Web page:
To determine whether sections 1325(a) and 1326(a) punish the same offense the court must apply the Blockburger same-elements test. The Blockburger test requires the court to compare the two statutes and ask "whether each provision requires proof of an additional fact which the other does not." 284 U.S. at 304, 52 S. Ct. at 182. Unless each statute requires proof of at least one factual element not also found in the other statute, the statutes "fail" the Blockburger test and the defendant may not be punished under both statutes absent "a clear indication of contrary legislative intent." Whalen v. United States, 445 U.S. 684, 692, 100 S. Ct. 1432, 1438, 63 L. Ed. 2d 715 (1980).

Because neither party disputes that a conviction under Sec. 1326(a) requires proof of elements not required by Sec. 1325(a), resolution of the double jeopardy issue turns on whether conviction under Sec. 1325(a) requires proof of at least one factual element not required for conviction under Sec. 1326(a). As the court explained in Singleton, the question to be decided is not whether Flores' violation of Sec. 1326(a) included a violation of Sec. 1325(a), but whether all violations of Sec. 1326(a) necessarily include violations of Sec. 1325(a). 16 F.3d at 1422.

B. Elements of Sec. 1326(a) and Sec. 1325(a)

The indictment charges Flores with being "an alien who had been arrested and deported, and having not obtained the consent of the Attorney General ... for admission into the United States, was thereafter found in the United States at Laredo, Texas" in violation of 8 U.S.C. § 1326. R. 1. 8 U.S.C. § 1326(a) provides:

(a) ... any alien who--

(1) has been arrested and deported or excluded and deported, and thereafter

(2) enters, attempts to enter, or is at any time found in, the United States, unless (A) prior to his reembarkation at a place outside the United States or his application for admission from foreign contiguous territory, the Attorney General has expressly consented to such alien's reapplying for admission; or (B) with respect to an alien previously excluded and deported, unless such alien shall establish that he was not required to obtain such advance consent under this chapter or any prior Act,

shall be fined under Title 18, or imprisoned not more than 2 years, or both.

This court has read Sec. 1326(a) to require proof of four elements to obtain a conviction: (1) alienage, (2) arrest and deportation, (3) reentry into or unlawful presence in the United States, and (4) lack of the Attorney General's consent to reenter. United States v. Cardenas-Alvarez, 987 F.2d 1129, 1131-1132 (5th Cir. 1993).

The misdemeanor complaint to which Flores pleaded guilty charged him with improperly entering the United States at a place other than as designated by immigration officers in violation of 8 U.S.C. § 1325(a). Section 1325 prohibits an alien from entering or attempting to enter the United States by three means:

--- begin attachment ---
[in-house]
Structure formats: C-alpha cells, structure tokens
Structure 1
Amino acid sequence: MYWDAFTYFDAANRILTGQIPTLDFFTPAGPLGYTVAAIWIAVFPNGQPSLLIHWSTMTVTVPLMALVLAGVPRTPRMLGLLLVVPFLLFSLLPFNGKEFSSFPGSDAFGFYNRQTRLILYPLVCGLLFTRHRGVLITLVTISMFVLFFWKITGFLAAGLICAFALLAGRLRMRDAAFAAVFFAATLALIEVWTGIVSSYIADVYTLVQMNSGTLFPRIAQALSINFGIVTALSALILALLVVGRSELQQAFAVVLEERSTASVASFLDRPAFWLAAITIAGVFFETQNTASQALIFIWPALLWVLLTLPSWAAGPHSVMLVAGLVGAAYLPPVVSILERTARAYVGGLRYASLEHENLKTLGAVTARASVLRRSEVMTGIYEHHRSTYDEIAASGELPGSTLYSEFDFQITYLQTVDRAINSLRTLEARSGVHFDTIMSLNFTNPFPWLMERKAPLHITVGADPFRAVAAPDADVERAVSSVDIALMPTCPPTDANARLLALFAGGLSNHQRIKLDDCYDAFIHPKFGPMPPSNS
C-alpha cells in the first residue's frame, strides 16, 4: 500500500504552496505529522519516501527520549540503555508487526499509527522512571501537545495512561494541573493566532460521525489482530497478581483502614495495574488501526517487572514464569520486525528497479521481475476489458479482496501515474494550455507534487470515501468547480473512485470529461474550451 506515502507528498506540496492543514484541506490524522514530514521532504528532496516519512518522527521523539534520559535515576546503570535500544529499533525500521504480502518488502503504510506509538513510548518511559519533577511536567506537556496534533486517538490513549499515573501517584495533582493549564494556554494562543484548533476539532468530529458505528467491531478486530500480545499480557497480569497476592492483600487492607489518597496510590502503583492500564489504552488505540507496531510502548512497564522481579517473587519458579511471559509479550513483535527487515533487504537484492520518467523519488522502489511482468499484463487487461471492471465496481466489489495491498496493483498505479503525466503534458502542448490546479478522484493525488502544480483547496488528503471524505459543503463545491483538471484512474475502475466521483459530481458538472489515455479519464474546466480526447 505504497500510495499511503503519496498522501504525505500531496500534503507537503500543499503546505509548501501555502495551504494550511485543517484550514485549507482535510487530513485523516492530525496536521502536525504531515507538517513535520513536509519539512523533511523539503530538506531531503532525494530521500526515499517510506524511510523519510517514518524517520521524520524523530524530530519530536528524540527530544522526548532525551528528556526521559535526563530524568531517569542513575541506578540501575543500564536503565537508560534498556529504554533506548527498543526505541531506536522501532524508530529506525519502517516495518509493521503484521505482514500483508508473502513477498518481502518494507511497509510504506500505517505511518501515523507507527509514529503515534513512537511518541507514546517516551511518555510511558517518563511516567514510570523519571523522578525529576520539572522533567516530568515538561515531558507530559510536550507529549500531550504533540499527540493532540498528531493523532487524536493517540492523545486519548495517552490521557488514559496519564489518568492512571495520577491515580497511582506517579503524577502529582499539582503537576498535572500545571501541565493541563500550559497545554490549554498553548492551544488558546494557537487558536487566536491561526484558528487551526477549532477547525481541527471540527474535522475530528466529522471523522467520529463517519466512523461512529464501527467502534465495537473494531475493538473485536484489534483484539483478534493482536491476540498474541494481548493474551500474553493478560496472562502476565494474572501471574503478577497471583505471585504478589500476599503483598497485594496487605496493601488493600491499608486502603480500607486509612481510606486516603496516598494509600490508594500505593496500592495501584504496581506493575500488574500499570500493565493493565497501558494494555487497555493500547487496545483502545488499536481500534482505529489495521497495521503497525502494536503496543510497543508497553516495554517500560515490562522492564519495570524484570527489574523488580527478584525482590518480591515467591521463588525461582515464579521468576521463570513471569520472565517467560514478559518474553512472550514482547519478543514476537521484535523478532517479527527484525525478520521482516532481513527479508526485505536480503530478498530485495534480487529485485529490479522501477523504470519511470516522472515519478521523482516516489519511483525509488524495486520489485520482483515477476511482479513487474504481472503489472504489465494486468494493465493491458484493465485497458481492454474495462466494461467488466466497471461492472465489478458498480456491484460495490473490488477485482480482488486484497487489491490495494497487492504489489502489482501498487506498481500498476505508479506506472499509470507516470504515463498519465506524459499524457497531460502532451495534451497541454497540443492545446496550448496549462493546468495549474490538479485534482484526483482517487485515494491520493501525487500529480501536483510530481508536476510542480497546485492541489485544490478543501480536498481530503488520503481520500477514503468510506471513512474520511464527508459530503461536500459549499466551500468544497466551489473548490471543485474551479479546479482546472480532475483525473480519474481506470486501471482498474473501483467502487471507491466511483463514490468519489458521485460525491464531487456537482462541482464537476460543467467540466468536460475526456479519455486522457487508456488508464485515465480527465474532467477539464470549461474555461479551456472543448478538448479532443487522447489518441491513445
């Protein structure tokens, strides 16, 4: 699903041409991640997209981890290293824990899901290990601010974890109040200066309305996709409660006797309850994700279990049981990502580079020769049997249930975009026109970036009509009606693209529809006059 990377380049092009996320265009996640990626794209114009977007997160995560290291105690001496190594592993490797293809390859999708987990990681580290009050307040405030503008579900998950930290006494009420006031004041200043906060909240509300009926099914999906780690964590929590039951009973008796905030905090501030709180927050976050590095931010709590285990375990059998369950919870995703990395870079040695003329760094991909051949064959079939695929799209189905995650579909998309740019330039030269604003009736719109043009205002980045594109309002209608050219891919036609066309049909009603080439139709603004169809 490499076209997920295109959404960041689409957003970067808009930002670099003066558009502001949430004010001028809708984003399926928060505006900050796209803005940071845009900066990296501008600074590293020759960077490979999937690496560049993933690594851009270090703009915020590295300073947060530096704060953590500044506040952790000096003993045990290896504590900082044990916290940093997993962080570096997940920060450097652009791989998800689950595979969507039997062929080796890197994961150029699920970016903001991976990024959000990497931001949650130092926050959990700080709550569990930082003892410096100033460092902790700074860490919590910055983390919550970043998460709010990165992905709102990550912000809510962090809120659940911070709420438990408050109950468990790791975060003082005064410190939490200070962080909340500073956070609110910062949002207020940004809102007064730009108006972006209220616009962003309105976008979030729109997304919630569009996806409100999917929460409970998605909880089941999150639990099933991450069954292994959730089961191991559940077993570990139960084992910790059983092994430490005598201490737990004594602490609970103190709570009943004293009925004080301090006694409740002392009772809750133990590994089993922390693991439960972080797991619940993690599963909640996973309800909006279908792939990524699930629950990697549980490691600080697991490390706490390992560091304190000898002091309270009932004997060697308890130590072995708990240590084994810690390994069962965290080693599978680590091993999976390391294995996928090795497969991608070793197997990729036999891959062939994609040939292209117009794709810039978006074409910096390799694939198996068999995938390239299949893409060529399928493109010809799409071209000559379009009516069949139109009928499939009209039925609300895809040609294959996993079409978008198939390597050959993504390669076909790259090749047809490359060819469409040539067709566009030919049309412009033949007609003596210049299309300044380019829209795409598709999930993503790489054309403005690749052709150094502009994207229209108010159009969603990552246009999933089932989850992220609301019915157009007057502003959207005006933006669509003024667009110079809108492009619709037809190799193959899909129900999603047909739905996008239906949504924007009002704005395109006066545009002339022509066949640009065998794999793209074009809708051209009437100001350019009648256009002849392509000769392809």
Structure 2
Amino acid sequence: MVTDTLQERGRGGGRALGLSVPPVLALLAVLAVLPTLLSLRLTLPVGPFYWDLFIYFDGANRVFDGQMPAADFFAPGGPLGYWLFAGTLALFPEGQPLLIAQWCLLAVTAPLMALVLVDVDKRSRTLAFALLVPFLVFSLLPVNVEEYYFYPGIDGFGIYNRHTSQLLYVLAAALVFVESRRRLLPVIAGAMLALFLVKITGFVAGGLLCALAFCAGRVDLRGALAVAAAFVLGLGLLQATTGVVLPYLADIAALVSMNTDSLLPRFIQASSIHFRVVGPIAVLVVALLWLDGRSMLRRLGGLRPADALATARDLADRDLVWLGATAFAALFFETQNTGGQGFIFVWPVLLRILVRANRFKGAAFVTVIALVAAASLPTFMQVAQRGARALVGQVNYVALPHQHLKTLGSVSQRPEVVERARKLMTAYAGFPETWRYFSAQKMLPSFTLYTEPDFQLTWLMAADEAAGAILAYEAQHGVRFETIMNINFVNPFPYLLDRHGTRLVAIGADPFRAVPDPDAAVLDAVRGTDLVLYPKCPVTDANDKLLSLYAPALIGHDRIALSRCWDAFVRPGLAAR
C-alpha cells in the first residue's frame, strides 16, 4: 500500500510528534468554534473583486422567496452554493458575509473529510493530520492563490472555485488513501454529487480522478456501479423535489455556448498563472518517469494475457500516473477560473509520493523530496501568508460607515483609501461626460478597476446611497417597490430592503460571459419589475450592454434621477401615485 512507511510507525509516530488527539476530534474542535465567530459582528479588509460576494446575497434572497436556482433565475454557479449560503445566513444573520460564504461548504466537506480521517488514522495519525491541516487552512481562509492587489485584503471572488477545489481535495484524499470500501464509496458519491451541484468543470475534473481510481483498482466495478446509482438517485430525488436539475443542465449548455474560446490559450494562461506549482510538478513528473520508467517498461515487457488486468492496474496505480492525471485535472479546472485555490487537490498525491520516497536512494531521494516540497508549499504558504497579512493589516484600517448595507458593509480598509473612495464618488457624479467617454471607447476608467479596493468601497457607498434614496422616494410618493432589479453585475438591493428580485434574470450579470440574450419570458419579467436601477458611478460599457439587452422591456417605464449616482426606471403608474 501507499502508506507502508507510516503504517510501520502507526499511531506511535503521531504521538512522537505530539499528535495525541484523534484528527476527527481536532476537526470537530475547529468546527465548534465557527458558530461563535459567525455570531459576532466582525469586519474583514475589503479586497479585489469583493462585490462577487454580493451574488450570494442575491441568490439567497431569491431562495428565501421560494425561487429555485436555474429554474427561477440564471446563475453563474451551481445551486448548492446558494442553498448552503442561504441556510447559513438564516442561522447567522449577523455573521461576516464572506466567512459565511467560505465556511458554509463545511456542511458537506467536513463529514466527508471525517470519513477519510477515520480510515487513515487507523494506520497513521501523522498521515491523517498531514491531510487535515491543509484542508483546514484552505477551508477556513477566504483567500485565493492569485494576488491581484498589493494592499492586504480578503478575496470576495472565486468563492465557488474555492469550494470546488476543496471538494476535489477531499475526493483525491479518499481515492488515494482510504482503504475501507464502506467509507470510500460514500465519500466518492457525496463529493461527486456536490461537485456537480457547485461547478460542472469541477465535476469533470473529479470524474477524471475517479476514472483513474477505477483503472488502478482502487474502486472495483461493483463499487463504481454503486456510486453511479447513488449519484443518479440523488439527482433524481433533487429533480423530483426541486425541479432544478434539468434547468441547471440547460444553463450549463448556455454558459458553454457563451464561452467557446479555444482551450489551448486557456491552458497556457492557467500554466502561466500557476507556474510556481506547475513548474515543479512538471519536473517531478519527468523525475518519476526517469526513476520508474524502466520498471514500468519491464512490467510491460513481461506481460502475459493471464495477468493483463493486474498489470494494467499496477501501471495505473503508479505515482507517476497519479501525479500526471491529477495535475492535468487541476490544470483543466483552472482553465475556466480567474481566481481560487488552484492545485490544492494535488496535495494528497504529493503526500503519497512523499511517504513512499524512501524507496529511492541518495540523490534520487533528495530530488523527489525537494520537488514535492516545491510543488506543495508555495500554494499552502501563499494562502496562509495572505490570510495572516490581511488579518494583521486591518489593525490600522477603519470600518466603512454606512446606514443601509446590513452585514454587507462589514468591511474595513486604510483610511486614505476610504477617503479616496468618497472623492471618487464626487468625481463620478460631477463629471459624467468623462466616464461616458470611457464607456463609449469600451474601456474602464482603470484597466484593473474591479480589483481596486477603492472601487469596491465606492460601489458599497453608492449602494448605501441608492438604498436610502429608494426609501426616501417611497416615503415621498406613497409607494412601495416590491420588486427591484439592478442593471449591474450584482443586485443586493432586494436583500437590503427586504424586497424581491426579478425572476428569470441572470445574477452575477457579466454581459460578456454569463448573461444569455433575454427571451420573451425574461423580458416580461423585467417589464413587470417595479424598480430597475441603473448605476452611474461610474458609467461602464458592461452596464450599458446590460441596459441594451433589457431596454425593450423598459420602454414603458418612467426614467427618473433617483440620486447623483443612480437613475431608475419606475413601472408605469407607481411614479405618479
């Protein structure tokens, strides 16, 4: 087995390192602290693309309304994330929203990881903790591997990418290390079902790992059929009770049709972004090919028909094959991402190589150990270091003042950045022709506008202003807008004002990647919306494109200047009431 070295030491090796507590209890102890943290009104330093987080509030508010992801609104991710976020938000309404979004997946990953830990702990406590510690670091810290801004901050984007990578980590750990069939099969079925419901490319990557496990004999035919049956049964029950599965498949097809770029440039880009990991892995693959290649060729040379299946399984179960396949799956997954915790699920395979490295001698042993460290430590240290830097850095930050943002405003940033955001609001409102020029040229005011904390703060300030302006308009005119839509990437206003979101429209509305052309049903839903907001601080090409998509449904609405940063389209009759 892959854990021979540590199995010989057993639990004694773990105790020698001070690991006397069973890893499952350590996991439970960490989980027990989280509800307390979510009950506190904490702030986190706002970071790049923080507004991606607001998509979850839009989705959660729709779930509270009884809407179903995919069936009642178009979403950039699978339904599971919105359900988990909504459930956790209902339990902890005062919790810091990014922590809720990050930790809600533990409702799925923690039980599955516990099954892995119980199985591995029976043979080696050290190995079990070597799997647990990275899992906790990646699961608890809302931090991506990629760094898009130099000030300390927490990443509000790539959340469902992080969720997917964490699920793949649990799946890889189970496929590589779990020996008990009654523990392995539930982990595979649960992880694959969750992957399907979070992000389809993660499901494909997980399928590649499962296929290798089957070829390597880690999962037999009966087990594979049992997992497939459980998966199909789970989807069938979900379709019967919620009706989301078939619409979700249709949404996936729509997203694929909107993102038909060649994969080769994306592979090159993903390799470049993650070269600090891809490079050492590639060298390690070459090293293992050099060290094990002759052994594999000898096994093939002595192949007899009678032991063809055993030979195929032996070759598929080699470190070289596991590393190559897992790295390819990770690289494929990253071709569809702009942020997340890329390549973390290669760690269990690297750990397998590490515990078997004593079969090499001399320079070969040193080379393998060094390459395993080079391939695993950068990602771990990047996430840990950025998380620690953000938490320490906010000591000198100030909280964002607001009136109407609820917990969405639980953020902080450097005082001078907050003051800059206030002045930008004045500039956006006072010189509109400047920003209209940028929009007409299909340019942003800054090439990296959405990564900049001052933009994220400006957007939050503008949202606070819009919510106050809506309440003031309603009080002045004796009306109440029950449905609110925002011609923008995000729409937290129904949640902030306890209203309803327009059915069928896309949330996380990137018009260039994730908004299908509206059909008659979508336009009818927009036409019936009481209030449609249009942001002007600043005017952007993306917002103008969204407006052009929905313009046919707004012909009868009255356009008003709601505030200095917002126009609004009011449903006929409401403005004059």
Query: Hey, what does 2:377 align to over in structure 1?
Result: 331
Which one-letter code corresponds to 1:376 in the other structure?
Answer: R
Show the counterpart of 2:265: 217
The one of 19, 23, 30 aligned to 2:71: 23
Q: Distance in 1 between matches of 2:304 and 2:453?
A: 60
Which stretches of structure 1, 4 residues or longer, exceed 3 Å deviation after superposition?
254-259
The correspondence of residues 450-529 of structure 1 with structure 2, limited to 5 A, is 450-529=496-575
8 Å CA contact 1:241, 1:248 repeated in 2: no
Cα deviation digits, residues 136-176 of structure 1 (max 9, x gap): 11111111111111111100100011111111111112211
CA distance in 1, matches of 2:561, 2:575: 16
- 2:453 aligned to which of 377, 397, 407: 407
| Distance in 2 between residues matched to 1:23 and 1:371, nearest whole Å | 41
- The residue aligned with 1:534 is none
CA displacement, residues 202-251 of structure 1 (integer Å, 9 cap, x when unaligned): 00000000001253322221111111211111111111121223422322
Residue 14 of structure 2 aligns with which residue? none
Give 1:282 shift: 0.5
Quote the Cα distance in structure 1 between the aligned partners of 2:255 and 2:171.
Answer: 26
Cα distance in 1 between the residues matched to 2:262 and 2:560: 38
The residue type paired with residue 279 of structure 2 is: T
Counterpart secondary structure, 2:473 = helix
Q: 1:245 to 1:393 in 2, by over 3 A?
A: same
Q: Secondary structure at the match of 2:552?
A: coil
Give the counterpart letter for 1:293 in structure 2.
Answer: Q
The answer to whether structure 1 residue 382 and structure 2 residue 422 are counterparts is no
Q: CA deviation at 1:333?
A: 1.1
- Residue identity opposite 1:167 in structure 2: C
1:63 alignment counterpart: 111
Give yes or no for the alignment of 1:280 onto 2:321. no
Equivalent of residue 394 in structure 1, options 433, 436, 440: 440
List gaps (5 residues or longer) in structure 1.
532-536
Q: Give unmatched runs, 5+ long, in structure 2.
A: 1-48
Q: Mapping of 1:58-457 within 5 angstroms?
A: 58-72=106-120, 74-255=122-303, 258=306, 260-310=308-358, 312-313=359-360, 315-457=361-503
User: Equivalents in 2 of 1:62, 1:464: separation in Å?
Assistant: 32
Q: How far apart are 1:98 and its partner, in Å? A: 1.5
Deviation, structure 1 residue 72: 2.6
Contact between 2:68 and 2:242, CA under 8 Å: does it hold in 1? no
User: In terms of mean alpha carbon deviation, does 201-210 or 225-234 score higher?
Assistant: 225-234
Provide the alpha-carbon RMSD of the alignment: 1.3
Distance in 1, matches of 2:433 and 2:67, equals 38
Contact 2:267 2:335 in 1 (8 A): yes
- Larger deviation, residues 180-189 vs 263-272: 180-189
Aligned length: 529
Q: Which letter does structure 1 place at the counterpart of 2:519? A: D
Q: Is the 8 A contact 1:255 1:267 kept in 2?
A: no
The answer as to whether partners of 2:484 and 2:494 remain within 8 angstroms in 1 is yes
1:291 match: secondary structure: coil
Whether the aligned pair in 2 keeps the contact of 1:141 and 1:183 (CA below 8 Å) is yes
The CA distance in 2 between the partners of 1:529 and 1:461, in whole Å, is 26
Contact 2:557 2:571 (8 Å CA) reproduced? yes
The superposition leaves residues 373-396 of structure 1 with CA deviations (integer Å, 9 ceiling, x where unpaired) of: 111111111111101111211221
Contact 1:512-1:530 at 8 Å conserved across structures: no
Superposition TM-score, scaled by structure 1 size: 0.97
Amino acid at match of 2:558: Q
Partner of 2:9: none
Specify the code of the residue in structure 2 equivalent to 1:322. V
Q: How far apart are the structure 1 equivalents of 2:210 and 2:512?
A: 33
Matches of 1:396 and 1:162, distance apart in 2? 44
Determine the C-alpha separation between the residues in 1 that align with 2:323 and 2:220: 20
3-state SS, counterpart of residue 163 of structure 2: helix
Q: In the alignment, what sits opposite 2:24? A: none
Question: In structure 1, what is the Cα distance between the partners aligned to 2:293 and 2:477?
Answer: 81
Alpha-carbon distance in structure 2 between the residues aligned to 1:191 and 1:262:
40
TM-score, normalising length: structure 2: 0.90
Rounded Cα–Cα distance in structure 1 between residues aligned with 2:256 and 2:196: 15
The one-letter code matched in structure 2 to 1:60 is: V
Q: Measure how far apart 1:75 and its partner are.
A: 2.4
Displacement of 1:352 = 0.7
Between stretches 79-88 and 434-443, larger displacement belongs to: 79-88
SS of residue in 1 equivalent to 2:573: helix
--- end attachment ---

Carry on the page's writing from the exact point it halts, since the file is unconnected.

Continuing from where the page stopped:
Any alien who (1) enters or attempts to enter the United States at any time or place other than as designated by immigration officers, or (2) eludes examination or inspection by immigration officers, or (3) attempts to enter or obtains entry to the United States by a willfully false or misleading representation or the willful concealment of a material fact, shall, for the first such commission of any such offense, be fined under Title 18 or imprisoned not more than 6 months, or both, and for a subsequent commission of any such offense, be fined under Title 18, or imprisoned not more than 2 years, or both.

The district court found that the two charges against Flores pass the Blockburger same-elements test:

Each offense requires proof of a fact that the other does not. For example, Sec. 1326 requires the Government to prove that the defendant has previously been officially deported from this country, an element not found in Sec. 1325. On the other hand, Sec. 1325--at least the subpart under which this Defendant was prosecuted--required the Government to prove that the Defendant entered the United States at a place other than one designated by immigration officers. Section 1326 requires no such proof. For that matter, Sec. 1326 does not require the Government to prove that a defendant entered the country by eluding examination or inspection of immigration officers or by making a false statement. To repeat, a defendant violating Sec. 1326 very likely has violated at least one of the three prongs of Sec. 1325. The fact remains, however, that a defendant can nevertheless be convicted of Sec. 1326 without any showing of precisely how he entered the country. The government need only show that he was previously deported, did not thereafter obtain permission to return, and was then found in the United States.

R. 20-31.